AMENDMENT OF SECTION 81 AND 121 OF THE CONSTITUTION OF THE FEDERAL REPUBLIC OF NIGERIA, 1999.

We are writing to inform you of developments in the attempt by the National Assembly (NASS) to amend sections 81 and 121 of the Constitution of the Federal Republic of Nigeria, 1999. The two sections prescribe the timeframe for the presentation of Federal and State budget estimates by the President and Governor to the NASS and the State Houses of Assembly respectively.

The amendment (Constitution of the Federal Republic of Nigeria, 1999 (Fourth Alteration, No. 28) Bill, 2017)proposes that instead of the old order, where the President and Governors present the budget estimates at any time in each financial year, they would now be bound to present same not later than 90 days to the end of the financial year. The amendment proposes a new subsection 1 (a) to the two sections by giving a time line to NASS and State Houses of Assembly to pass the budget for the incoming year before the end of the financial year in which the budget estimates is presented, vis before the commencement of the next financial year.  Essentially, budgets will no longer be presented late or approved late like happened in the last three years. The budget will now be ready on or before January 1 of every year.

This amendment has secured the approval of both Houses of NASS and that of the required majority of State Houses of Assembly in accordance with section 9 of the Constitution. But the President has failed, refused or neglected to give assent to same. Section 58 (4) and (5) of the Constitution provides as follows:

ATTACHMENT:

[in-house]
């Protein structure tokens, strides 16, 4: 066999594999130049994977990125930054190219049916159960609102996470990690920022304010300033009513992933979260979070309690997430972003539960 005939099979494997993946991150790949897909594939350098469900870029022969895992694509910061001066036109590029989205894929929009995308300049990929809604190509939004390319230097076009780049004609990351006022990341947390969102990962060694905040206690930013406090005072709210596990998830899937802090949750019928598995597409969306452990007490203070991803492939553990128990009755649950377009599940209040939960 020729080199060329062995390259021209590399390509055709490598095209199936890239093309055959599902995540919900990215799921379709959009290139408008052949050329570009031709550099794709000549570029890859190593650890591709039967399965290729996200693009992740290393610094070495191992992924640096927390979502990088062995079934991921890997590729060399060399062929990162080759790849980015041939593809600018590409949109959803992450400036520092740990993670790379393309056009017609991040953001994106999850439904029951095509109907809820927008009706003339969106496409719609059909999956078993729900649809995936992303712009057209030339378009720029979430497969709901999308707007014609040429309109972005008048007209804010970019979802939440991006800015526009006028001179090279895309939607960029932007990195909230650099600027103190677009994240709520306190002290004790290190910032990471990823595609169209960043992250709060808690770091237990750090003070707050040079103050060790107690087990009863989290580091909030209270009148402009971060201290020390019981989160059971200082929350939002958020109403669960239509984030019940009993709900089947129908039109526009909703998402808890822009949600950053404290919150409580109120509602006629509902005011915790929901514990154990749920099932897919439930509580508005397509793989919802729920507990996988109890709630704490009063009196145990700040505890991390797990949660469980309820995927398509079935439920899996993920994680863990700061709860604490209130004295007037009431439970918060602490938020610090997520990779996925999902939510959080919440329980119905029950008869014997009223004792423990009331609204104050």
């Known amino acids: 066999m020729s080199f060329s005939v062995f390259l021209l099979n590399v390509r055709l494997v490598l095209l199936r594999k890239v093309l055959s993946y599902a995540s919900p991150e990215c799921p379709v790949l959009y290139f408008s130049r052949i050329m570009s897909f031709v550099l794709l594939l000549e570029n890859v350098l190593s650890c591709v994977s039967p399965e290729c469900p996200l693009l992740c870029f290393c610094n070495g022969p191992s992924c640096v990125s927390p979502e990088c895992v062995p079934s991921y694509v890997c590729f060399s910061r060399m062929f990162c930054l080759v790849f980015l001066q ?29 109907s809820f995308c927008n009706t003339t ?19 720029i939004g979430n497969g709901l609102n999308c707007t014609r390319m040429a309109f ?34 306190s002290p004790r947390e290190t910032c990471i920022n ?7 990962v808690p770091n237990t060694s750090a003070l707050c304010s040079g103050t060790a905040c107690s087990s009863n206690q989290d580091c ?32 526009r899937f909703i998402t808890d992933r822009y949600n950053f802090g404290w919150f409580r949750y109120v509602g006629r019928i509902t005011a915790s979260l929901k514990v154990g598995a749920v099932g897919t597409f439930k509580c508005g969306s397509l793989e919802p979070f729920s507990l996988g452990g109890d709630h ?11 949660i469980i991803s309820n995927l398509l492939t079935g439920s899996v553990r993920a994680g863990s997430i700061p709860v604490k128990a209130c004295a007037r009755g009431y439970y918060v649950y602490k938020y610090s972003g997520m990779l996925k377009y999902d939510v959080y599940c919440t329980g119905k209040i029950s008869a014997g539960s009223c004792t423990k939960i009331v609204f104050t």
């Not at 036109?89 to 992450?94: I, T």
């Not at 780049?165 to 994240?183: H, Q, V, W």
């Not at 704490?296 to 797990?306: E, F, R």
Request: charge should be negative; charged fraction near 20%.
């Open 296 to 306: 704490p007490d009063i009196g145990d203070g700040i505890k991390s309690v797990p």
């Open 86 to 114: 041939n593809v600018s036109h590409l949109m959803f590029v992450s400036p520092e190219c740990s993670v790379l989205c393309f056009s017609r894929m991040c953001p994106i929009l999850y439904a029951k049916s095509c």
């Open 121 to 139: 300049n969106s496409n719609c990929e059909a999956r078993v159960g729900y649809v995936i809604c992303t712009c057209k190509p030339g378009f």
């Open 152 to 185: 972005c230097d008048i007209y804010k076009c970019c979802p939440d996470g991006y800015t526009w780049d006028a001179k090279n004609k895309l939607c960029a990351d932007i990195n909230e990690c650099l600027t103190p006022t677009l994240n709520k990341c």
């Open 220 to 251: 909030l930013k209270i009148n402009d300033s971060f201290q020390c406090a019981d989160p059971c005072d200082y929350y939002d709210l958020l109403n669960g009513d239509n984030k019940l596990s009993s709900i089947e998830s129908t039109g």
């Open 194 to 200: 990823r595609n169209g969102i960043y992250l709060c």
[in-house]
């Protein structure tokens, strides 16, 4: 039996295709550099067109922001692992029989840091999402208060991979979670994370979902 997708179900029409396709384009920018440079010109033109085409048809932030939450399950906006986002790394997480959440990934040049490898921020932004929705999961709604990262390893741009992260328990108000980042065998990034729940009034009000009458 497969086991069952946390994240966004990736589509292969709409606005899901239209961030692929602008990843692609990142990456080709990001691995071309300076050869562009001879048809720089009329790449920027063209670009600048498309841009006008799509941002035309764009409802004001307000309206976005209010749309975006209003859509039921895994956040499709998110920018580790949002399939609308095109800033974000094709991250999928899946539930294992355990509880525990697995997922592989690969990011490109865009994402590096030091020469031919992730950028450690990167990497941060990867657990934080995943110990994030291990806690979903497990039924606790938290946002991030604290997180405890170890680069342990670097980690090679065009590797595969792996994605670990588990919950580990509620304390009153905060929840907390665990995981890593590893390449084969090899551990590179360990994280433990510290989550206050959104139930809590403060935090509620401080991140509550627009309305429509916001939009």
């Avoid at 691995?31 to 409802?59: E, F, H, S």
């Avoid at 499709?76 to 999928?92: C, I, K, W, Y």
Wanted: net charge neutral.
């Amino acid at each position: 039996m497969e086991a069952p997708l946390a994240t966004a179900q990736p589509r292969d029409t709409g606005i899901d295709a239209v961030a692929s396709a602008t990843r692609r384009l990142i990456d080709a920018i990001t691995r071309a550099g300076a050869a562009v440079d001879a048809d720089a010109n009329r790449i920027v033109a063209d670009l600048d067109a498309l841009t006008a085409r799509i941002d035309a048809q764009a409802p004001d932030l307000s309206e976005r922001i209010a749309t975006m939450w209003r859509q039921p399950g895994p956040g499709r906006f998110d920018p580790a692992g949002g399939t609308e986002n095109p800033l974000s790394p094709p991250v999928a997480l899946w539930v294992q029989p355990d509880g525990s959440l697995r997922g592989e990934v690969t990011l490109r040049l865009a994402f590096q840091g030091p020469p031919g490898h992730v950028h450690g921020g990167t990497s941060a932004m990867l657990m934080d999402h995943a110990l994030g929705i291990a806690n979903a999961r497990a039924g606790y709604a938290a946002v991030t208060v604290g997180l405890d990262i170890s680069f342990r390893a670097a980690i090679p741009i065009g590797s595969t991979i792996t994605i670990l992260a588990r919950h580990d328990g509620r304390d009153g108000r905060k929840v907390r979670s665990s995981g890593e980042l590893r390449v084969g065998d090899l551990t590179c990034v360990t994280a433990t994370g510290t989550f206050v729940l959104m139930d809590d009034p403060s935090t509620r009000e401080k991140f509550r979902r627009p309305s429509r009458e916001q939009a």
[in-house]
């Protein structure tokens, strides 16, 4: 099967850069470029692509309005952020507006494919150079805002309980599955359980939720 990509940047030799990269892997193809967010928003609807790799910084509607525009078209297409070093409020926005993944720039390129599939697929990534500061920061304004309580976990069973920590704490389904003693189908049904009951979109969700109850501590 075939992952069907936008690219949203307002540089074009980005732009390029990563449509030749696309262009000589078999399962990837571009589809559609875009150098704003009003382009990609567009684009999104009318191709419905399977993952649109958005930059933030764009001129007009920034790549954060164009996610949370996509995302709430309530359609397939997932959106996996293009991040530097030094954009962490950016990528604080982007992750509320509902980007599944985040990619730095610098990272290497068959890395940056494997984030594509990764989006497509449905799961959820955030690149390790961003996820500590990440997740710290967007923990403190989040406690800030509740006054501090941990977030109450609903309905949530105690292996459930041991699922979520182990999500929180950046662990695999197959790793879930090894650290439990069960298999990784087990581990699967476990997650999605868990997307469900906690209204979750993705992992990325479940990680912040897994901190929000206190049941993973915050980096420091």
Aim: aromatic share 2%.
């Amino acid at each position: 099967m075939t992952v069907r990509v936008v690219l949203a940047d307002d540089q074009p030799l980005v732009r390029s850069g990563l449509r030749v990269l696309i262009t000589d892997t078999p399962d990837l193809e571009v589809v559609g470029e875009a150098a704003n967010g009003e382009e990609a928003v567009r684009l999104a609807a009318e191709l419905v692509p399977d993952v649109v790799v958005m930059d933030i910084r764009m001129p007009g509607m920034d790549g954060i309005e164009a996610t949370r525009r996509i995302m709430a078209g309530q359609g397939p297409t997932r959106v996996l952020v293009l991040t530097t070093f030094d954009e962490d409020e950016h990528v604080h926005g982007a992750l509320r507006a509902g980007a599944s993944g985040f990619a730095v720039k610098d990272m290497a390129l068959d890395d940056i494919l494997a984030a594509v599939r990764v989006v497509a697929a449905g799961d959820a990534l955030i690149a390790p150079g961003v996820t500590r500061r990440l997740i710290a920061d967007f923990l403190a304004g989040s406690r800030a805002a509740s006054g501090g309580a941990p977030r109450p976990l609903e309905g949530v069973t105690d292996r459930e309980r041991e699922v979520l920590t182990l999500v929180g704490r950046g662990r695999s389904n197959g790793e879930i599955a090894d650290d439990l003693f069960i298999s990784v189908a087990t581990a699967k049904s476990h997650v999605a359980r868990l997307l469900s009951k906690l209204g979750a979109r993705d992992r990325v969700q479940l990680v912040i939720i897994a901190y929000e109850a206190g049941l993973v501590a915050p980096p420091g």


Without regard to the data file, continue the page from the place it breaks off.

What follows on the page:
(4) Where a bill is presented to the President for assent, he shall within thirty days thereof signify that he assents or that he withholds his assent.

(5) Where the President withholds his assent and the bill is again passed by each House, by two-thirds majority, the bill shall become law and the assent of the President shall not be required.

It has been more than thirty days since the bill was forwarded to the President for his assent and there is no information in the public domain on his reasons for refusing assent to the bill. Ideally, this would have come by way of a letter to NASS. In the circumstances, how do we respond in civil society to ensure that the President either gives assent to the bill or get the NASS to override the presidential veto? Your views on the activities needed to achieve this objective will help all of us working on the budget and its transparency and accountability to make a significant progress towards reforming the budgeting process in Nigeria.

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